The honey bee is the only insect in the temperate region that remains active throughout the year. Most other insects either die in the winter or go into hibernation. The honey bee is able to maintain winter activity by producing and storing a high energy food, honey, to sustain the colony while flowering plants are not available. The honey bee stores its winter time food stores of honey in comb above the brood nest. The bees don’t measure the amount of honey that they have stored and compare it to their population while estimating the length of winter. They just go out and collect nectar whenever it is available. A strong colony will actually make a surplus of honey if plenty of flowers are blooming. It is the beekeeper’s task to take some of the surplus honey from the bee hive and place it into a useable container so that it can be enjoyed by humans.

When the honey bee completes its conversion of flower nectar into honey, it becomes a unique food that will virtually last forever. The honey is removed from the frames of comb in the honey supers by spinning the frames in the extractor. Honey pours out and is strained to remove flakes of beeswax from the comb as well as any foreign matter from the hive. The water content of the honey is measured to ensure that the bees have completed the evaporation of the honey. Next, the honey is placed in a bottling unit and allowed to settle. While debris settles to the bottom of most liquids, any foreign matter or bubbles in honey rise to the surface. In the photo, Rita pours a one pound jar of Arkansas Delta honey. At Peace Bee Farm all of our honey is the raw, unprocessed product of the hive. This honey is ready to be poured over a hot buttered biscuit.

Saturday, October 3, 2009

Goldenrod in Bloom

When goldenrod is in bloom, it is one of the most easily recognized plants of fall. We often find large stands of the bright yellow flowers at the edge of woodlots, fields and along roadsides. Goldenrod is one of the most prolific of the bee plants. It produces large volumes of nectar, making it the source of much of the honey that the bees use to overwinter. Goldenrod is a member of the family of important bee plants, the composites. The composite, or sunflower, family is known for producing large amounts of nectar and pollen. The composite family includes dandelion, coneflower, black-eyed Susans, asters, chicory, and thistles. Goldenrod’s large heads of clusters of tiny yellow flower stand four to five feet above the ground. On sunny fall days, the open flowers of goldenrod will attract great numbers of honey bees as well as numerous other insects. It is not uncommon to find honey bees sharing goldenrod with solitary bees, flies, moths, butterflies, and other insects. If you click on today’s picture, you can see a honey bee sharing goldenrod flowers with soldier beetles. A handy internet tool for helping to identify insects can be found at:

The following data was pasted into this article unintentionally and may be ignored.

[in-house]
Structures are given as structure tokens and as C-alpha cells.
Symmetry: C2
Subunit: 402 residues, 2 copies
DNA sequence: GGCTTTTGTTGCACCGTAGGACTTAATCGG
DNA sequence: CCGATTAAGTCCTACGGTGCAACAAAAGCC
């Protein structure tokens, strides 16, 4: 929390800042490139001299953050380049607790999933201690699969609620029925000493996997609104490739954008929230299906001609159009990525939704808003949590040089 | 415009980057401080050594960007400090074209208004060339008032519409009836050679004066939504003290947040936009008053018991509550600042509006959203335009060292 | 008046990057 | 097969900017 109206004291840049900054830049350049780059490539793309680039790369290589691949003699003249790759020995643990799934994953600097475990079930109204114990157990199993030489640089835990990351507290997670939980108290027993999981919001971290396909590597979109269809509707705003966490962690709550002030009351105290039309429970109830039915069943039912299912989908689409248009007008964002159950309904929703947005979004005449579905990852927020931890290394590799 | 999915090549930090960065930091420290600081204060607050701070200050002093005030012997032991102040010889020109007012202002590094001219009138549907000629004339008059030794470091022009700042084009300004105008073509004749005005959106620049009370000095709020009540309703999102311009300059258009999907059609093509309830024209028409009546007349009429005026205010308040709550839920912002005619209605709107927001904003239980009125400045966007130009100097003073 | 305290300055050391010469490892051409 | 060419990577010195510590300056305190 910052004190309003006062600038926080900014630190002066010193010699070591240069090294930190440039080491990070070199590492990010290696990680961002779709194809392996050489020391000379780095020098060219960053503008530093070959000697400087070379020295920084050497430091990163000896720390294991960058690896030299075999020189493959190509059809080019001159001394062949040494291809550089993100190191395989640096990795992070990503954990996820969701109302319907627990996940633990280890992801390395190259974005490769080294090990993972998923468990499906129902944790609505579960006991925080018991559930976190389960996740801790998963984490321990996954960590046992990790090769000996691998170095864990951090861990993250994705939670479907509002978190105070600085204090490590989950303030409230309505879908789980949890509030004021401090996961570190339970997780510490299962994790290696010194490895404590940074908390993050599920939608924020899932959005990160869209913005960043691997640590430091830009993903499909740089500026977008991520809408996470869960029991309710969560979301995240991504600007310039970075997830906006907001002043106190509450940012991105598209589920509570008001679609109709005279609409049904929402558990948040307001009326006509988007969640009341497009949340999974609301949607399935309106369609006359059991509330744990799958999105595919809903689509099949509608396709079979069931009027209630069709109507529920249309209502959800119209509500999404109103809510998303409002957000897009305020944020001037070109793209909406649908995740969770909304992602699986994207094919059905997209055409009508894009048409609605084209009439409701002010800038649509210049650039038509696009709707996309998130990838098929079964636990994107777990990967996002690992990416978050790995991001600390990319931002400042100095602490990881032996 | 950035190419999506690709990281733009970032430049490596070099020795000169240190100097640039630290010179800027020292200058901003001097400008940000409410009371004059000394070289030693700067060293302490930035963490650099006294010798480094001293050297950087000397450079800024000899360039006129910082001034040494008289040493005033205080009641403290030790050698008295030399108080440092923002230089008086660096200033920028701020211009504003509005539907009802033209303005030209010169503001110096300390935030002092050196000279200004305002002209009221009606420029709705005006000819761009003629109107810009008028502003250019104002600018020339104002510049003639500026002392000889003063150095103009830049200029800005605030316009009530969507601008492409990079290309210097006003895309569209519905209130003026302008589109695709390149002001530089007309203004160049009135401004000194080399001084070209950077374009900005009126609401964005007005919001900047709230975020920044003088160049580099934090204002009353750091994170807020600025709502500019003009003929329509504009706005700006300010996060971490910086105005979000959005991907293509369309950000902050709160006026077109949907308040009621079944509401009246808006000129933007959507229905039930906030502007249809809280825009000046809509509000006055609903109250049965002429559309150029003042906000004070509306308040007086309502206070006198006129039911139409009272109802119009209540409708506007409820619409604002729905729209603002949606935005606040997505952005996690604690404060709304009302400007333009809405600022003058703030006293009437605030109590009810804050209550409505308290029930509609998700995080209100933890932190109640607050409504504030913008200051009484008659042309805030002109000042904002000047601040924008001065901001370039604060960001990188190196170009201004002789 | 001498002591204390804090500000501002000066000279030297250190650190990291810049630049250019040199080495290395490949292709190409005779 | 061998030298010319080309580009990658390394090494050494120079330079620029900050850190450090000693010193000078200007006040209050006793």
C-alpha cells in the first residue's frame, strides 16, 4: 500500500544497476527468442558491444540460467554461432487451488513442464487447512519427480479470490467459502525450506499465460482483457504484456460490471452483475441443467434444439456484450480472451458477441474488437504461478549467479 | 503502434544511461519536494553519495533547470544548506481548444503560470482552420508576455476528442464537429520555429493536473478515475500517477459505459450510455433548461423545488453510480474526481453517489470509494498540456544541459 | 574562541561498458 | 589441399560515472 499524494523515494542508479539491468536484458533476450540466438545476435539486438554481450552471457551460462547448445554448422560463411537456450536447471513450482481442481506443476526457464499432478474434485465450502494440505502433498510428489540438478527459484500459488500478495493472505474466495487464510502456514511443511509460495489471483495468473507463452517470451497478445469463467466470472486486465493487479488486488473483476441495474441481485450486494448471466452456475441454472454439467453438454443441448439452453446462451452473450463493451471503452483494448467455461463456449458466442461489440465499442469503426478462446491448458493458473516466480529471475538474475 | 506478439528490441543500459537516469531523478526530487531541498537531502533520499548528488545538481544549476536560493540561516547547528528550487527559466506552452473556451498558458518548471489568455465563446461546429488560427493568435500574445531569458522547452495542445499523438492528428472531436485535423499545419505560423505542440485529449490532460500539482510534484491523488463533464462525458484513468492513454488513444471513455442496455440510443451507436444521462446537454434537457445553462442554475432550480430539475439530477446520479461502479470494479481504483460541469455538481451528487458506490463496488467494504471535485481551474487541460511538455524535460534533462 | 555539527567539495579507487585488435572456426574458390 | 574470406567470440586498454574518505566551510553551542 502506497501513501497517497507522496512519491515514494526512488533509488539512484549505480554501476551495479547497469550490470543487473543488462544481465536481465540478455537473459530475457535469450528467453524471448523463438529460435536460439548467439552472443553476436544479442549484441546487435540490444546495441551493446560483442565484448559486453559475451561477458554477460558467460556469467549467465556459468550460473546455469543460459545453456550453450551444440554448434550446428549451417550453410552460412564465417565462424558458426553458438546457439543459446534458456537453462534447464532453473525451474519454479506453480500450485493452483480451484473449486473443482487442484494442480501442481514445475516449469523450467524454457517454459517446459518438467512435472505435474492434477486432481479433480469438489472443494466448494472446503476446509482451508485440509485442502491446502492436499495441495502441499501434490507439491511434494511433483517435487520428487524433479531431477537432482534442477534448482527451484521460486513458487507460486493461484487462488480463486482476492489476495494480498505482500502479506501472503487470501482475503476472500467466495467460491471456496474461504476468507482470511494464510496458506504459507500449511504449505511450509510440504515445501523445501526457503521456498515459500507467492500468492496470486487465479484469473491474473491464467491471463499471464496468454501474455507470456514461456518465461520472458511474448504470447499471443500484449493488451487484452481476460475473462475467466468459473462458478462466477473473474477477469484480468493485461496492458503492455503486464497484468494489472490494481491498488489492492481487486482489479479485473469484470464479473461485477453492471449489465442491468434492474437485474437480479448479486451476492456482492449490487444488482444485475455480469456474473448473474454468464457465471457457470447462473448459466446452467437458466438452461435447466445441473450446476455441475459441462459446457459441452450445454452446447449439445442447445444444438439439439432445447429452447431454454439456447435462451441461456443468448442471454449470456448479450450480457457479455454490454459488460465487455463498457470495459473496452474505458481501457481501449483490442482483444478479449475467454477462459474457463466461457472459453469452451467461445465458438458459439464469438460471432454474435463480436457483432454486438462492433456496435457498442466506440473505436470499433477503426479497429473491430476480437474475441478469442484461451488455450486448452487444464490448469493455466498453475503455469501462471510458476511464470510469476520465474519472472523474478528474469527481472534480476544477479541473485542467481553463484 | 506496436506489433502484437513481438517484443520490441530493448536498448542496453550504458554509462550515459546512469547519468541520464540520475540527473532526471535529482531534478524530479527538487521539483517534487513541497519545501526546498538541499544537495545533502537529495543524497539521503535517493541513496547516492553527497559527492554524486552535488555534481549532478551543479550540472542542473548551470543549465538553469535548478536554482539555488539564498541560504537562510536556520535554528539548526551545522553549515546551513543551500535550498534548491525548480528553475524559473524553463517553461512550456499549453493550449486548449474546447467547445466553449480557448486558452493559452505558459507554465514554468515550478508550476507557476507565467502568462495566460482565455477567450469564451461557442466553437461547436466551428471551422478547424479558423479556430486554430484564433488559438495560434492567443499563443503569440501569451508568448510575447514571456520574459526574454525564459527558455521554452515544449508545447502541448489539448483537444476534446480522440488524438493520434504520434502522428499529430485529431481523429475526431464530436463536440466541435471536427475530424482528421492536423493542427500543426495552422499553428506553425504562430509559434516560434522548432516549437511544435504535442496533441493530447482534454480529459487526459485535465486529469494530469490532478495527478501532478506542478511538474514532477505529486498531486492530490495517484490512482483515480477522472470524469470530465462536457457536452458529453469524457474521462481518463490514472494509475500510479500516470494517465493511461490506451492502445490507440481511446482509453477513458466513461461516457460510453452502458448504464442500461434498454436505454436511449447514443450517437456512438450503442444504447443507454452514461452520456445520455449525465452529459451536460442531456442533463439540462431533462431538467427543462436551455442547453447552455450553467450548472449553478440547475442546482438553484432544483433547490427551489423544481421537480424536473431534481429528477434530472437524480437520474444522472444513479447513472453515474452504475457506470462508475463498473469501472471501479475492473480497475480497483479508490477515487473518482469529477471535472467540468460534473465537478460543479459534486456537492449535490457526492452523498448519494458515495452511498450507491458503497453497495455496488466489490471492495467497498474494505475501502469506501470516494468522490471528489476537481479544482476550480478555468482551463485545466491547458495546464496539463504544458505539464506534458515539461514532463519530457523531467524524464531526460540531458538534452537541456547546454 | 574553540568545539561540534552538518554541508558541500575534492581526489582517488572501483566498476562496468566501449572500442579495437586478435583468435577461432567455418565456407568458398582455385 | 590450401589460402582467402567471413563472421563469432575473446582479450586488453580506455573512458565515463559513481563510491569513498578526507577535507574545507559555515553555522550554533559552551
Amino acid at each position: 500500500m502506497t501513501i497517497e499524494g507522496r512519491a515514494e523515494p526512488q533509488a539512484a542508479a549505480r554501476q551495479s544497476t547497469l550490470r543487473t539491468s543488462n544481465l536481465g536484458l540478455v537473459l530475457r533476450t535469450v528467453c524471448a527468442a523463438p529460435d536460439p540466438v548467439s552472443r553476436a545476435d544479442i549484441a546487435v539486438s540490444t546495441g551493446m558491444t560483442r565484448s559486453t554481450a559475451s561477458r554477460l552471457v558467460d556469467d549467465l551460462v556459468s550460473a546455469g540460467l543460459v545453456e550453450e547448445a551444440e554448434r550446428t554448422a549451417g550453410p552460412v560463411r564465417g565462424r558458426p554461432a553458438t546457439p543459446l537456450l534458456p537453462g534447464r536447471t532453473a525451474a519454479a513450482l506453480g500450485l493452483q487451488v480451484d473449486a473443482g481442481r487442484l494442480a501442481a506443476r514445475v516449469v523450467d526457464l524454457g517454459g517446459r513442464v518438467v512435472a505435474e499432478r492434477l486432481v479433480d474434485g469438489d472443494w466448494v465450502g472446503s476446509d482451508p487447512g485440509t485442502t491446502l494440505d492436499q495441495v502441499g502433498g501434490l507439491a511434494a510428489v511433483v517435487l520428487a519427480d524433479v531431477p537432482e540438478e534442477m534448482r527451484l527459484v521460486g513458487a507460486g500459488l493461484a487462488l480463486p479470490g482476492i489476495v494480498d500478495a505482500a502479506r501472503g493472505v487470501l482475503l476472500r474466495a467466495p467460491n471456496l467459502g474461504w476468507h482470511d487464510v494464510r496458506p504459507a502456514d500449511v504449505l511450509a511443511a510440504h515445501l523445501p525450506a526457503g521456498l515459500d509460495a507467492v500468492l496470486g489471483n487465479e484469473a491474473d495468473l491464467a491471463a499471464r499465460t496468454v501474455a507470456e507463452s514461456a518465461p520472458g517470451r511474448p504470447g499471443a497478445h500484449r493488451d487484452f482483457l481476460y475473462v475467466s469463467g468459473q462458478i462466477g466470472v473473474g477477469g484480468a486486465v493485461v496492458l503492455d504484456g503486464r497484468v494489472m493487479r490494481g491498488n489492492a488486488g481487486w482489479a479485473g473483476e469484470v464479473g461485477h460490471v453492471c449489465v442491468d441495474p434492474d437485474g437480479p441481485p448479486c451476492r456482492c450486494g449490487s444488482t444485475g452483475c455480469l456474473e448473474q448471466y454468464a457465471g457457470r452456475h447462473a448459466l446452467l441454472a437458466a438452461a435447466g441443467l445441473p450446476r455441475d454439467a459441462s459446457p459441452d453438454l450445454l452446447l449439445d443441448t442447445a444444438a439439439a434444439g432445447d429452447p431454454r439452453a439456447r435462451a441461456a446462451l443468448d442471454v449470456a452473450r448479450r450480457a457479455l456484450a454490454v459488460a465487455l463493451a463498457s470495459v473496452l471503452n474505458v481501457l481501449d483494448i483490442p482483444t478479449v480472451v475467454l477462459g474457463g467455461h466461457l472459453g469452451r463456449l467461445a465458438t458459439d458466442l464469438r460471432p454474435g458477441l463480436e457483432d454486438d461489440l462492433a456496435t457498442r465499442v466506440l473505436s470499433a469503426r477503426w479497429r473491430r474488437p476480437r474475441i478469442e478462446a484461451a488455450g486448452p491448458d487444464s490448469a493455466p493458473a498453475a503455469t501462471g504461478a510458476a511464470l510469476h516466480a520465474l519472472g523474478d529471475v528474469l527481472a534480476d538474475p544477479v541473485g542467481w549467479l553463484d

Most fall honeys have a more robust flavor than summer honeys. Goldenrod honey is bright yellow in color. It has the fragrance of wildflowers and a pleasant taste. A strong nectar flow from goldenrod often determines the survival of honey bees over the winter. Oh, by the way, goldenrod is not responsible for hay fever in the fall. The offending plant is usually common ragweed, which blooms at the same time. The beautiful goldenrod plant is being cultivated as a garden flower. Goldenrod is a friend of honey bees and beekeepers.

Friday, October 2, 2009

Flower Constancy

The great observer of the natural world, Charles Darwin, spent a lifetime making observations and meticulously recording his notes. Much of his observations involved honey bees. One of the observations that he recorded is the bee behavior known as flower constancy. Individual honey bees will continue to forage on the same species of plant as a source of nectar or pollen as long as the plant produces a reward to the bee. A honey bee will move from flower to flower of the same species even though there may be other plants in bloom. Other bees from the same hive may forage other species of plants. Continuing to work the same species of plant makes the honey bee the most effective and efficient pollinator for agricultural crops. Click on today’s photo. A foraging honey bee moves from one perennial sunflower to another, exhibiting flower constancy. On the left side of the photo, we see a carpenter bee that has just left the sunflower in the center flying to nearby goldenrod flowers in the background. Many solitary native pollinators, like the carpenter bee, do not exhibit flower constancy.

At a given time, one hive may have nectar and pollen being brought in from numerous flowering plant species. In their foraging habits, individual honey bees do not collect both nectar and pollen. Certain bees from a colony will collect nectar and other bees from that colony will collect pollen, even if it is from the same plant. A bee that is collecting pollen will continue to collect pollen throughout the day. When beekeepers trap pollen that the bees are bringing into the hive, we can see that each colony has its own pattern of collecting pollen. On the same day, the bees in one hive may bring in green, brown, and black colored pollen while the bees in an adjacent hive will be bringing in yellow and orange colored pollen. Charles Darwin’s complete works are available online at: